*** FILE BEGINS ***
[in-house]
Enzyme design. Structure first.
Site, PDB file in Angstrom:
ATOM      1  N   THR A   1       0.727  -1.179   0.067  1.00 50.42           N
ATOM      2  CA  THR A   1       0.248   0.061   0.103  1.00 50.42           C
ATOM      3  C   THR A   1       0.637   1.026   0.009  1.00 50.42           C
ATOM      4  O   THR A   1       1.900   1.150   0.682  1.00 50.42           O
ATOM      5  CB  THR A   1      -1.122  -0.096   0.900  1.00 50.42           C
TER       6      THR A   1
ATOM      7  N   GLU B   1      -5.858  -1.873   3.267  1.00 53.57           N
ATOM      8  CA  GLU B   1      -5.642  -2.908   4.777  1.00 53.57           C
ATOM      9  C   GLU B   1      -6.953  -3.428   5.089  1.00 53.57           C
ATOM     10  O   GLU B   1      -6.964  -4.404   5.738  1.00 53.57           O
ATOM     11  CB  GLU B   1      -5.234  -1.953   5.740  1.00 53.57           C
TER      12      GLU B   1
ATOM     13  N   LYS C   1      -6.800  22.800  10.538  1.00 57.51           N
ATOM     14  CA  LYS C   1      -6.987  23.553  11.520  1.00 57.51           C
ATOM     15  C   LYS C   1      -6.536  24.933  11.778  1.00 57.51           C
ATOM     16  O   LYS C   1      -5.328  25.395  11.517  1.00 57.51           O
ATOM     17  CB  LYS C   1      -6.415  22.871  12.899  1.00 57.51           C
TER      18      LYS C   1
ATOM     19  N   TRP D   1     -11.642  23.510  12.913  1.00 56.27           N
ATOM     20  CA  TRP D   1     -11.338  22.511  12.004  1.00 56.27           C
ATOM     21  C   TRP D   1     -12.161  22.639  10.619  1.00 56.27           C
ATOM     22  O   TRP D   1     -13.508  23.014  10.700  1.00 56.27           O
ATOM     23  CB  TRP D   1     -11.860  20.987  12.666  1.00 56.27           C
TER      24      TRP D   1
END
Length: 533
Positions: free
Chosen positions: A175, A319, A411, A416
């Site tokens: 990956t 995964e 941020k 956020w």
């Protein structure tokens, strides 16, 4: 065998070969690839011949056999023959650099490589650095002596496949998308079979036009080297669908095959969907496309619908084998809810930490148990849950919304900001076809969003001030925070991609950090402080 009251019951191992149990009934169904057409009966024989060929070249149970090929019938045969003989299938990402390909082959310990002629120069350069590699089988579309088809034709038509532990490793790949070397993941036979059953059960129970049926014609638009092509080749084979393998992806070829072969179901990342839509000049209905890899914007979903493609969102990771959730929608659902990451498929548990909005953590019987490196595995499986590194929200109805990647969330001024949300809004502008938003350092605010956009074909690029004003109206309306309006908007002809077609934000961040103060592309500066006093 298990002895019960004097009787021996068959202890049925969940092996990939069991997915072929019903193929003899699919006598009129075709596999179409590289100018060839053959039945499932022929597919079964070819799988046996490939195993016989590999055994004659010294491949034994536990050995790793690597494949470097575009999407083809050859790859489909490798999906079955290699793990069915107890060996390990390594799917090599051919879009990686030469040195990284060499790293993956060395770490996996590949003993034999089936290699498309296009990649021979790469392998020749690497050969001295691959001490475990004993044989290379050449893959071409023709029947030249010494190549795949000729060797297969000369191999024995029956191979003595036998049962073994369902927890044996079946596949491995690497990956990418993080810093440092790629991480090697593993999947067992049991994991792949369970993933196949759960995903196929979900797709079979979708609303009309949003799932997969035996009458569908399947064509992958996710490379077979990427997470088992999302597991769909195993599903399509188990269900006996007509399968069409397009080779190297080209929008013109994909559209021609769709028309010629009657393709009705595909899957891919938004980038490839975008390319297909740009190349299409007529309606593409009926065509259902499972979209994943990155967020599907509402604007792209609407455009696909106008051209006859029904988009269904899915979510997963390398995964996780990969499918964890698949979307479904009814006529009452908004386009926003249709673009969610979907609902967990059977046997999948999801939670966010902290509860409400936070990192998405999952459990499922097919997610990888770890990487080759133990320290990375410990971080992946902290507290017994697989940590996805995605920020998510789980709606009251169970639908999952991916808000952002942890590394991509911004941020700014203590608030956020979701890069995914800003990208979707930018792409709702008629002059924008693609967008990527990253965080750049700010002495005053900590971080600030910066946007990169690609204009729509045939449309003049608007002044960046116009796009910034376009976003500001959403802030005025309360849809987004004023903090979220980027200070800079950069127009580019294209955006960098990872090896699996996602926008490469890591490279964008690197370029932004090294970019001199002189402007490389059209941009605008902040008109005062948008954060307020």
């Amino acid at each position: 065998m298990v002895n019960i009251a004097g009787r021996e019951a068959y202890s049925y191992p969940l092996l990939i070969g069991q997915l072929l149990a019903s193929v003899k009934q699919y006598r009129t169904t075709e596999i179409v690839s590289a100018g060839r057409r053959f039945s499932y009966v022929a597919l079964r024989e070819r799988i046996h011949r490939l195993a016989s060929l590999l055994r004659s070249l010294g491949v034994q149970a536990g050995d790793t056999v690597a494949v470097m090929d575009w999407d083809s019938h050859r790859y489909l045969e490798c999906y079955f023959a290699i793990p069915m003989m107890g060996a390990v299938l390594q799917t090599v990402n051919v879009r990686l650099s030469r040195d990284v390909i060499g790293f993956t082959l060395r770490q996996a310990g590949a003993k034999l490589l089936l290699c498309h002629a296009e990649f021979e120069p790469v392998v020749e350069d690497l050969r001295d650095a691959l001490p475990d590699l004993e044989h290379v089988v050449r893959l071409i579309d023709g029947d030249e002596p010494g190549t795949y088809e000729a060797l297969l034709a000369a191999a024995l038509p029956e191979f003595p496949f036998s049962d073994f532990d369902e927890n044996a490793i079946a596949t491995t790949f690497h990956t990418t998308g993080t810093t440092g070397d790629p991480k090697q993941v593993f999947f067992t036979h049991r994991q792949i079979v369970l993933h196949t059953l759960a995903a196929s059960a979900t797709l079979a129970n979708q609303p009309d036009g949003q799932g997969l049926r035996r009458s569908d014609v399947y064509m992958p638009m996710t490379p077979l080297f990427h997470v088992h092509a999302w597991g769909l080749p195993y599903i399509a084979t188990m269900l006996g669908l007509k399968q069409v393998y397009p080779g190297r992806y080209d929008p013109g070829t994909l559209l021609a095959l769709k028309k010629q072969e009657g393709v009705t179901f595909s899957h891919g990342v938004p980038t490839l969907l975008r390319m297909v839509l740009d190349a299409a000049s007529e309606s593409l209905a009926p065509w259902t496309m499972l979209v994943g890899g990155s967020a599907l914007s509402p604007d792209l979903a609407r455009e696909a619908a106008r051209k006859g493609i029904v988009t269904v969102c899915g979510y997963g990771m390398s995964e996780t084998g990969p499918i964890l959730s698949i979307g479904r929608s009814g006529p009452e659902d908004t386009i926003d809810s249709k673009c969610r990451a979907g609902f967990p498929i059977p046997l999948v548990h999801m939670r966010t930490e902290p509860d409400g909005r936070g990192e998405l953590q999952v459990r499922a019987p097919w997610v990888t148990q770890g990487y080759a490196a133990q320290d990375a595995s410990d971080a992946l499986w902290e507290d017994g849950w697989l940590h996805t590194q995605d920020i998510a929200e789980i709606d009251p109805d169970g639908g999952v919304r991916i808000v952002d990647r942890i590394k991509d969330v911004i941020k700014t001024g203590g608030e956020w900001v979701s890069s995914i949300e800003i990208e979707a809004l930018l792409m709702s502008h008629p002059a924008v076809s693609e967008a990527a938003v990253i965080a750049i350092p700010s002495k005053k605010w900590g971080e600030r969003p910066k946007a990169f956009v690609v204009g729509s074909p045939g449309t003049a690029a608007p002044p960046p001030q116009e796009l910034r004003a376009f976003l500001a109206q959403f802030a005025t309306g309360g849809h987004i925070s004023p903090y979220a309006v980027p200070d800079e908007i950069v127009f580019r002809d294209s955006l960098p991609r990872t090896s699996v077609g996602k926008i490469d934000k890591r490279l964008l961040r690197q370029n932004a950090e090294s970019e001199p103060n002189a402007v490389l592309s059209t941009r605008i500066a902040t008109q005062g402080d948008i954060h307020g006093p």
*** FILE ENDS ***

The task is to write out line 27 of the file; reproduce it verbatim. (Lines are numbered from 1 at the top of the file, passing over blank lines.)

TER      24      TRP D   1